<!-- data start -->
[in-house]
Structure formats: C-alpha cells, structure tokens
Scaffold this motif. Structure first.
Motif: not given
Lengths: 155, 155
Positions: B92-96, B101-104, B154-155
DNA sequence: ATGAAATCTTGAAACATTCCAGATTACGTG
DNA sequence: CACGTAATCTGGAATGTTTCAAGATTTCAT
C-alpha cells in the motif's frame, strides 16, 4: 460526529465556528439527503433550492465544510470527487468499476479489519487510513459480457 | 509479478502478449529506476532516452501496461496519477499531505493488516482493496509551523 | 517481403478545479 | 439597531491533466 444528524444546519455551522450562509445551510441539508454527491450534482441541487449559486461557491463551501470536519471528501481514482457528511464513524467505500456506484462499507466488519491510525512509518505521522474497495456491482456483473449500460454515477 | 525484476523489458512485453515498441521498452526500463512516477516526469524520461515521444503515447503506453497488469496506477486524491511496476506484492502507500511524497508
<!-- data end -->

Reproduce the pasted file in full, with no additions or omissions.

[in-house]
Structure formats: C-alpha cells, structure tokens
Scaffold this motif. Structure first.
Motif: not given
Lengths: 155, 155
Positions: B92-96, B101-104, B154-155
DNA sequence: ATGAAATCTTGAAACATTCCAGATTACGTG
DNA sequence: CACGTAATCTGGAATGTTTCAAGATTTCAT
C-alpha cells in the motif's frame, strides 16, 4: 460526529465556528439527503433550492465544510470527487468499476479489519487510513459480457 | 509479478502478449529506476532516452501496461496519477499531505493488516482493496509551523 | 517481403478545479 | 439597531491533466 444528524444546519455551522450562509445551510441539508454527491450534482441541487449559486461557491463551501470536519471528501481514482457528511464513524467505500456506484462499507466488519491510525512509518505521522474497495456491482456483473449500460454515477 | 525484476523489458512485453515498441521498452526500463512516477516526469524520461515521444503515447503506453497488469496506477486524491511496476506484492502507500511524497508